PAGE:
Last year, Congress passed the Chinese American World War II Veterans Congressional Gold Medal Act "to recognize their indispensable and loyal service to our nation in part through award of a Congressional gold medal."
     Said Case, "If you know a WWII Chinese American veteran, please encourage them to apply to receive their medal through the Chinese American Citizens Alliance at caww2.org/preservation."

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Sharon Beck and Kalei Namohala.
Photo from KHPES Twitter
KHPES ATHLETIC DIRECTOR KALEI NAMOHALA was recognized last week at #ELIHI2019, the Hawaiʻi educators' conference on Oʻahu. She was nominated by Kaʻū High and Pāhala Elementary School Principal Sharon Beck for Outstanding Performance in School Year 2017-2018. Namohala was issued a certificate by the Department of Education Reward & Recognition Program.

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HIGH SURF for south facing shores of all Hawaiian Islands. The swell is expected to peak late tonight through Sunday night at near warning levels, then slowly decrease Monday into Tuesday, states an alert from the National Weather Service. Surf will be higher than normal, and shore break and dangerous currents could cause injury or death. Expect strong breaking waves, shore break, and rip currents making swimming difficult and dangerous. Beach-goers, swimmers, and surfers should heed all advice given by ocean safety officials and exercise caution when near or entering the water. Beaches may be closed without notice; however, there are no beach closures at this time.

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Print edition of The Kaʻū Calendar is free to 5,500 mailboxes 
throughout Kaʻū, from Miloliʻi through Volcano, and free on 
stands throughout the district. Read online at kaucalendar.com
2019 Kaʻū High School Athletics Schedule through August
See khpes.org/athletics-home for details and updates; Bowling TBA.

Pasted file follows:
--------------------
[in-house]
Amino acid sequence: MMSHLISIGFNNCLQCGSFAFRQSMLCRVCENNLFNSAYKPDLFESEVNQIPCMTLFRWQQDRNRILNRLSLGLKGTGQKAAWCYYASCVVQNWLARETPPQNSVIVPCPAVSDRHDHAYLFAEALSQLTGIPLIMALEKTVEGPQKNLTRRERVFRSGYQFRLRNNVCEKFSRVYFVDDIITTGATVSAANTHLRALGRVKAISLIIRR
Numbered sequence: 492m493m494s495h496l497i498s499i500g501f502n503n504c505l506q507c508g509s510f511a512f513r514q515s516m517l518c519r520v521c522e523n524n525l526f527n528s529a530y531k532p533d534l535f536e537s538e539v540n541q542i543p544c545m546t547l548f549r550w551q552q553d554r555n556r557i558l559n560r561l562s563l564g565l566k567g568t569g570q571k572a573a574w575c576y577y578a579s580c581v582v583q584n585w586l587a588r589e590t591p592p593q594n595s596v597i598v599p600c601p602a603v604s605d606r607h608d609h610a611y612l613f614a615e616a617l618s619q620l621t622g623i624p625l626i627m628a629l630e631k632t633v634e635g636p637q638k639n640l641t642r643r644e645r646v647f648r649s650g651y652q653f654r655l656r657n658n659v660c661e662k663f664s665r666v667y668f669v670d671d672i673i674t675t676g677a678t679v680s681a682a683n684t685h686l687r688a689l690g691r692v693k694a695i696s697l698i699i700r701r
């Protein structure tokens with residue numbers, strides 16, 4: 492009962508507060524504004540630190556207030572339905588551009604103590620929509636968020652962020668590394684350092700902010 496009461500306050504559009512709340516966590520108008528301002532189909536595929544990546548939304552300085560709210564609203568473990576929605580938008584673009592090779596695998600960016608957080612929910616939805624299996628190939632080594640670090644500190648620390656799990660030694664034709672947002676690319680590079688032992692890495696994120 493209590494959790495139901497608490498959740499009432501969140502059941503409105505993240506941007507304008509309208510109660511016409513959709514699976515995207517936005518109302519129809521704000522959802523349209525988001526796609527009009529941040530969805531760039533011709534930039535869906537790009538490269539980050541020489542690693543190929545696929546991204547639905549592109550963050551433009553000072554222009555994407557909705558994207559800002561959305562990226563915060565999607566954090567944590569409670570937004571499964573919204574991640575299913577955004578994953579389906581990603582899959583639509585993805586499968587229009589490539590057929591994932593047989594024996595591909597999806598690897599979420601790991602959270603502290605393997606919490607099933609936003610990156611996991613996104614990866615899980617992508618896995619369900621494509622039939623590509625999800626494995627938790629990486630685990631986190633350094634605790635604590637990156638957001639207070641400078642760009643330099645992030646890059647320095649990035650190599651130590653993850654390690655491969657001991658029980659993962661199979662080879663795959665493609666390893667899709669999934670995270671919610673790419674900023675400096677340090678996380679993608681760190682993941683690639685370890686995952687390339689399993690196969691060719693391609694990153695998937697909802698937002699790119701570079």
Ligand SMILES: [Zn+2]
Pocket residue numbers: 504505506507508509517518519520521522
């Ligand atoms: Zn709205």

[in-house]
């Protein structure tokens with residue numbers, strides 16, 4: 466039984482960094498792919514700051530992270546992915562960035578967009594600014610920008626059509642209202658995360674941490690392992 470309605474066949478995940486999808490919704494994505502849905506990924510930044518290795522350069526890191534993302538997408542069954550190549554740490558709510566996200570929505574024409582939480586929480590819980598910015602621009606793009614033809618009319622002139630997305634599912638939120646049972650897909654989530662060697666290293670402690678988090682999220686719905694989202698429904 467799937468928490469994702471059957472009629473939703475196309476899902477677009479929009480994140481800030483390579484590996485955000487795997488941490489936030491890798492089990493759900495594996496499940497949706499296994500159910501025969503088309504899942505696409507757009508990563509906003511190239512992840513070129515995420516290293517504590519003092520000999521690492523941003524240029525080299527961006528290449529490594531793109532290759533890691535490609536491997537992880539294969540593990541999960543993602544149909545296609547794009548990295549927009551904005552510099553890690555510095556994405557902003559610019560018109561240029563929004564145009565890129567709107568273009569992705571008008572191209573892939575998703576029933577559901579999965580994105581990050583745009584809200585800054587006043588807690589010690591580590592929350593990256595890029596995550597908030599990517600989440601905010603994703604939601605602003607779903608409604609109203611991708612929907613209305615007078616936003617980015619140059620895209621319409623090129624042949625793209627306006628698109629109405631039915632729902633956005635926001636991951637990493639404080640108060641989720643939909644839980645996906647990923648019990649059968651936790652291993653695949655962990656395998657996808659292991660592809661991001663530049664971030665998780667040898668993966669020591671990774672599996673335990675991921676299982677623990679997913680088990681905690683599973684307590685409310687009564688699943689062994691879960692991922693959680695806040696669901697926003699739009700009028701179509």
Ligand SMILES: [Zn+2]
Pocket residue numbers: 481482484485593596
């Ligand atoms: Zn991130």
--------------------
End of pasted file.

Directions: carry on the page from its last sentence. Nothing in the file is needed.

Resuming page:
Football, Division II:
Mon., July 15, first day Conditioning, 2:30 to 5:30 p.m.
Mon., July 22, first day Full Pads, 2:30 to 5:30 p.m.
Sat., Aug. 24, 1 p.m., Kaʻū hosts Kamehameha

Girls Volleyball, Kaʻū District Gym:
Mon., July 29, 3 to 5 p.m., first day practice
Tue., Aug. 20, 6 p.m., Kaʻū hosts Hilo
Fri., Aug. 23, 6 p.m., Kaʻū hosts St. Joseph
Wed., Aug. 28, 6 p.m., Kaʻū hosts Kohala

Cross Country:
Mon., Aug. 5, 2:30 to 4 p.m., first day practice
Sat., Aug. 31, 10 a.m., @Christian Liberty

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Medicine for the Mind: Teachings in the Tibetan Buddhist Tradition, Sunday, July 14 – 2nd Sunday, monthly – 3-5p.m., Volcano Art Center. Free; calabash donations welcome. Dress warmly. Patty Johnson, 345-1527

Monday Movie Night: Fire & Sand (Local Documentary), Monday, July 15, 7p.m., $5 donation suggested. Popcorn and snacks available for purchase. Bring cushion. 967-8222, volcanoartcenter.org

The Wonderful World of Wine & Watercolor, Tuesday, July 16, 4-7p.m, Volcano Art Center. 
$30/VAC member, $35/non-member, $17 supply fee. 967-8222, volcanoartcenter.org

After Dark in the Park -Texas Rancher and Painter Alice Leese, HVNP July Artist in Residence, Tuesday, July 16, 7p.m., Kīlauea Visitor Center Auditorium. While in the park, Leese – who works her family’s 100-year-old ranch – will feel the volcanic panoramas, plants, and animals, then share her artistic interpretations with the public. Free; park entrance fees apply. 985-6011, nps.gov/havo

Ocean View Community Association Board of Directors Mtg., Wednesday, July 17, 12:30-1:30p.m., Ocean View Community Center. 939-7033, ovcahi.org

Learn About Water Law and how to advocate for water at a Dept. of Hawaiian Home Lands beneficiaries meeting at Pāhala Community Center on Wednesday, July 17, from 5 p.m. to 8 p.m. Ka Huli Alo will provide a brief overview of Hawaiʻi legal framework governing water resource management. It will be followed by a discussion on "how homestead communities can advocate for pono, righteous, use and protection of wai, water," says the announcement.
     The session is free and open to all DHHL beneficiaries. RSVP by Sunday, July 14 to Tereariʻi at 808-956-4025 or nhlawctr@hawaii.edu. Include community name in RSVP. Dinner and refreshments are provided for those who RSVP.

Hawai‘i State Little League Tournament, Friday through Tuesday, July 19-23, first game at 11:30a.m., second game at 2:30p.m. Nā‘ālehu Community Center Ball Field, Hwy 11. Winners go to regionals. Concessions available. No admission charged. Josh Crook, 345-0511